More MS news articles for Sep 2001

Atlantic Technology Ventures, Inc.'s CT-3 Shows Promising Animal Results for Treatment of Multiple Sclerosis

September 11, 2001  8:32am
Source: Business Wire

NEW YORK, Sep 11, 2001 (BW HealthWire) -- Atlantic Technology Ventures, Inc.'s (OTC: ATLC.OB) proprietary lead compound CT-3 has shown anti-spastic activity in an animal model of multiple sclerosis at a dose level achievable in humans.

CT-3, also identified as Ajulemic Acid, is a non-psychoactive synthetic derivative of a metabolite of tertrahydrocannabinol (THC) shown to have potent anti-inflammatory and analgesic effects. The study was conducted by Professor Dr. David Baker of the Institute of Neurology, University College London, UK.

Spasticity is a common, painful sign that develops during multiple sclerosis (MS) and following spinal cord injury. Current therapy is often associated with dose-limiting adverse side-effects. In the study, CT-3 induced a significant decrease in spasticity, demonstrated a rapid inhibition of limb stiffness and the effect was relatively long-lived. The data suggested that the dose of CT-3 tested exhibited near maximal inhibition of spasticity. The results of the study validated spasticity as a potential indication for CT-3 use. Compared to other cannabinoids such as Tetrahydorcannabinol (THC) and Cannabidiol (CBD) tested in the same animal model (Nature, March 2000), CT-3 appeared to be 100 times more potent in relieving the symptoms of tremor and spasticity.

"We are very excited about the excellent results that CT-3 exhibited in this experimental model of multiple sclerosis", said Michael Ferrari, Vice President of Business Development of Atlantic. "The symptoms of tremor and spasticity in MS are very difficult to control. The positive results from this study provide a rationale for the therapeutic potential of CT-3 in the control of the symptoms of MS. As a result, we are planning to proceed with Phase II clinical trials for this indication."

In related news regarding the therapeutic use of cannabinoids, the world's largest clinical trial using the cannabis plant to control the pain and tremors in MS patients is currently underway at Derriford Hospital, Plymouth, UK. First announced in January 2001, this clinical trial is scheduled to last up to two years, with a planned enrollment of 660 patients across the United Kingdom.

In additional related news regarding the therapeutic use of cannabinoids, a recent presentation at the British Association for the Advancement of Science meeting in Glasgow, Scotland reported that cannabis extract is proving remarkably effective at relieving severe pain in patients with MS and spinal injury. (C. Cookson, "Cannabis hailed as pain-reliever," Financial Times,, September 4, 2001). In a year-long study of 23 patients, Dr. William Norcutt reported that the use of a cannabis spray showed promising results at relieving severe pain in patients with MS and spinal injury. The cannabis spray was developed and supplied by GW Pharmaceuticals (London: GWP.L), a company that operates under licenses from the British Home Office to grow cannabis for medical purposes.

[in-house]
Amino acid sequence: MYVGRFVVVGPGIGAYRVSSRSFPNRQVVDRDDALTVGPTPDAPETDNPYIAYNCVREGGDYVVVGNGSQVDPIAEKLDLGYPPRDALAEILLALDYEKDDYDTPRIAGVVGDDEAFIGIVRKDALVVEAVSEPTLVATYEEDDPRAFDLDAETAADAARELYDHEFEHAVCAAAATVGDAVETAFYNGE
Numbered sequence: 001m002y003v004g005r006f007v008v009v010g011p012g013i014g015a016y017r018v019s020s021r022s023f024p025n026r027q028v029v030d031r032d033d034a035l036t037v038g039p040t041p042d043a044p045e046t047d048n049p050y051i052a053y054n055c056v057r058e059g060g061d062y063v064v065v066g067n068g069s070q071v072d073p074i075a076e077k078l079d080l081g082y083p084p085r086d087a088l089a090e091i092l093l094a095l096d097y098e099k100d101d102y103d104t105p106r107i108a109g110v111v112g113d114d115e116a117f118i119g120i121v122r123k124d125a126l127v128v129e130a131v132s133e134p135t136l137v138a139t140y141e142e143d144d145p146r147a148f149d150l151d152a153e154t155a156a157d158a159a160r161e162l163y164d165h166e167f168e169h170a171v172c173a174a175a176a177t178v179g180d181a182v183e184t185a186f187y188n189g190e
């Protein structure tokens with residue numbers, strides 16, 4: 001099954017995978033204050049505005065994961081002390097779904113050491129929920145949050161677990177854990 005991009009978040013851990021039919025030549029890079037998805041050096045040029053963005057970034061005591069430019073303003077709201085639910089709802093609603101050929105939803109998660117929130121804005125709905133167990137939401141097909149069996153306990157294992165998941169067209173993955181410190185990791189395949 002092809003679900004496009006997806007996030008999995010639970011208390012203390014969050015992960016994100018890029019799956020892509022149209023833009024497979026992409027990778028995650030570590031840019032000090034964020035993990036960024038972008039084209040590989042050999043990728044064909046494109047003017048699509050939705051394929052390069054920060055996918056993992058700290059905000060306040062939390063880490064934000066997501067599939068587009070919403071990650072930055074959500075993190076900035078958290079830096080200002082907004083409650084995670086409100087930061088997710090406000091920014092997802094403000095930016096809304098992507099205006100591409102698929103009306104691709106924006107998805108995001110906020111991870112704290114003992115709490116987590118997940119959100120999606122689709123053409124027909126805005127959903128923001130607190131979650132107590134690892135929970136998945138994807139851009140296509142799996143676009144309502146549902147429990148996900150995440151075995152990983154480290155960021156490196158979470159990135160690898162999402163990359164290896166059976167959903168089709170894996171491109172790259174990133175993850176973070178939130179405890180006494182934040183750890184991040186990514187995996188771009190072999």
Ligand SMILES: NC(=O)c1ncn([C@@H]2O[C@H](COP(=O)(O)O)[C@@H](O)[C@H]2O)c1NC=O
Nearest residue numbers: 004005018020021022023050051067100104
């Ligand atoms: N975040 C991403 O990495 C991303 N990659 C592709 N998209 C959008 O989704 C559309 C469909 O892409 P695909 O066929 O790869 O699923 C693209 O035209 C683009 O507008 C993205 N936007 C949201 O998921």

The Institute of Neurology is part of the University College London (UCL) Campus. The Institute of Neurology is an internationally recognized center for multiple sclerosis research and has conducted many clinical trials and has a wide patient database. The ethos of the Institute is to link basic and clinical scientists for the benefit of neurological research. The Institute of Neurology is part of the Medical Research Council funded study to examine medical cannibis in symptom control. Should compounds prove therapeutically promising, the Institute is in an ideal position to move the basic science studies forward into Phase II trials in patients. The Institute is currently the only place worldwide with an academic research interest in both experimental and clinical control of spasticity.

About Atlantic Technology Ventures, Inc.

Atlantic Technology Ventures, Inc. is a publicly held venture capital company specializing in early-stage, breakthrough technologies and rapidly incubating these through a definitive proof-of-principle. Atlantic currently has investments in Catarex, a device for cataract removal; CT-3, a synthetic derivative of marijuana for treating pain and inflammation; and, superconducting electronics for telecommunications.

Cautionary statement under the "safe harbor" provisions of the Private Securities Litigation Reform Act of 1995: This press release contains certain forward-looking statements that relate to future scientific, business and financial performance. These statements are only predictions and are subject to a number of risks and uncertainties that may cause the actual events or results to differ from those discussed or implied in these statements. These risks and uncertainties include competition from other manufacturers of related technologies, the unavailability of any necessary intellectual property rights possessed by third parties, and certain of those risks described in Atlantic's most recent report on Form 10-KSB with the Securities and Exchange Commission.

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